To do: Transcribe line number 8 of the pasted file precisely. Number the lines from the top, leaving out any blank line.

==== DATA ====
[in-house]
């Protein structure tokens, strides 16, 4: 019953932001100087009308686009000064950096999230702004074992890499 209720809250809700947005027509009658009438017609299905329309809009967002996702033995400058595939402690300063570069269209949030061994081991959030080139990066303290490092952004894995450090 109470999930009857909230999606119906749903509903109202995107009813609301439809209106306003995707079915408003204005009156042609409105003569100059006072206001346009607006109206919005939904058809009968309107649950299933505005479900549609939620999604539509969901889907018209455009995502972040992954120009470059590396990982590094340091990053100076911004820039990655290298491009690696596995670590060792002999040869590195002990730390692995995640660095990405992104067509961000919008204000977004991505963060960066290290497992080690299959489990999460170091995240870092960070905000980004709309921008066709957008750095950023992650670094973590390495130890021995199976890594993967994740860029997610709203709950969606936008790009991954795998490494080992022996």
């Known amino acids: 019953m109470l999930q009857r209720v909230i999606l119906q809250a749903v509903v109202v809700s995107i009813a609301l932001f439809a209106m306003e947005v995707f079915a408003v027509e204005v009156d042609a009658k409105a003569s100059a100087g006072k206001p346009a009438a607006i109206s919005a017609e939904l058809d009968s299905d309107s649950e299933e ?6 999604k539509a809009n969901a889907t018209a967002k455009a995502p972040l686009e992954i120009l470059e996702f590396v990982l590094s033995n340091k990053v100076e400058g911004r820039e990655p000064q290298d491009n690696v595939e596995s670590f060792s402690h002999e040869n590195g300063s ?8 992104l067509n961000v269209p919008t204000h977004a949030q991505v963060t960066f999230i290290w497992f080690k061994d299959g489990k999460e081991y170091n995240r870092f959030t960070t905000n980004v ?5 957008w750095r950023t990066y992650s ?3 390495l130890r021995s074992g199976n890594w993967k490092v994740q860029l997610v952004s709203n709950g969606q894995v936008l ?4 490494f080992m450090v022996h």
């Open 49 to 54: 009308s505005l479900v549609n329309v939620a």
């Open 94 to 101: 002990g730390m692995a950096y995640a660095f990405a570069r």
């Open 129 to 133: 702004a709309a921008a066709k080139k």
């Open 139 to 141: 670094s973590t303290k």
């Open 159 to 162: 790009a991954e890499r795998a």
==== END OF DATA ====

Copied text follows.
């Open 159 to 162: 790009a991954e890499r795998a």